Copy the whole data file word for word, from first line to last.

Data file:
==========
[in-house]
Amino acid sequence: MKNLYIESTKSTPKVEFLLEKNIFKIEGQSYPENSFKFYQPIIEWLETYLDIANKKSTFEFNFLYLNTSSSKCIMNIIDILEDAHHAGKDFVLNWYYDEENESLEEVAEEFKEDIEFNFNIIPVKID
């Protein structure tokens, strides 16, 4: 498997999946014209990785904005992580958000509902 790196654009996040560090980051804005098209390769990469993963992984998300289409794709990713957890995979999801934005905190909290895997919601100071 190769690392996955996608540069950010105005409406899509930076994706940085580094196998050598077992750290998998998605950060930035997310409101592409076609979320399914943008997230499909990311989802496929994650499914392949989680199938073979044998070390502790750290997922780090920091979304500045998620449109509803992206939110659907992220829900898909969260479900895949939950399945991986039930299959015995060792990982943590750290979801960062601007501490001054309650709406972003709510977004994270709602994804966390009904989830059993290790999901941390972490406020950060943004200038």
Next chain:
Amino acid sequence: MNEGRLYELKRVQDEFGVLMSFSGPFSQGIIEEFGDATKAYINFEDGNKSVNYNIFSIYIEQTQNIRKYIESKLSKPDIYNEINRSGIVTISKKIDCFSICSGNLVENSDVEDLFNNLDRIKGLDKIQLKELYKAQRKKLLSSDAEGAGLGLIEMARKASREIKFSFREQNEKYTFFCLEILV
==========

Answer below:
[in-house]
Amino acid sequence: MKNLYIESTKSTPKVEFLLEKNIFKIEGQSYPENSFKFYQPIIEWLETYLDIANKKSTFEFNFLYLNTSSSKCIMNIIDILEDAHHAGKDFVLNWYYDEENESLEEVAEEFKEDIEFNFNIIPVKID
């Protein structure tokens, strides 16, 4: 498997999946014209990785904005992580958000509902 790196654009996040560090980051804005098209390769990469993963992984998300289409794709990713957890995979999801934005905190909290895997919601100071 190769690392996955996608540069950010105005409406899509930076994706940085580094196998050598077992750290998998998605950060930035997310409101592409076609979320399914943008997230499909990311989802496929994650499914392949989680199938073979044998070390502790750290997922780090920091979304500045998620449109509803992206939110659907992220829900898909969260479900895949939950399945991986039930299959015995060792990982943590750290979801960062601007501490001054309650709406972003709510977004994270709602994804966390009904989830059993290790999901941390972490406020950060943004200038």
Next chain:
Amino acid sequence: MNEGRLYELKRVQDEFGVLMSFSGPFSQGIIEEFGDATKAYINFEDGNKSVNYNIFSIYIEQTQNIRKYIESKLSKPDIYNEINRSGIVTISKKIDCFSICSGNLVENSDVEDLFNNLDRIKGLDKIQLKELYKAQRKKLLSSDAEGAGLGLIEMARKASREIKFSFREQNEKYTFFCLEILV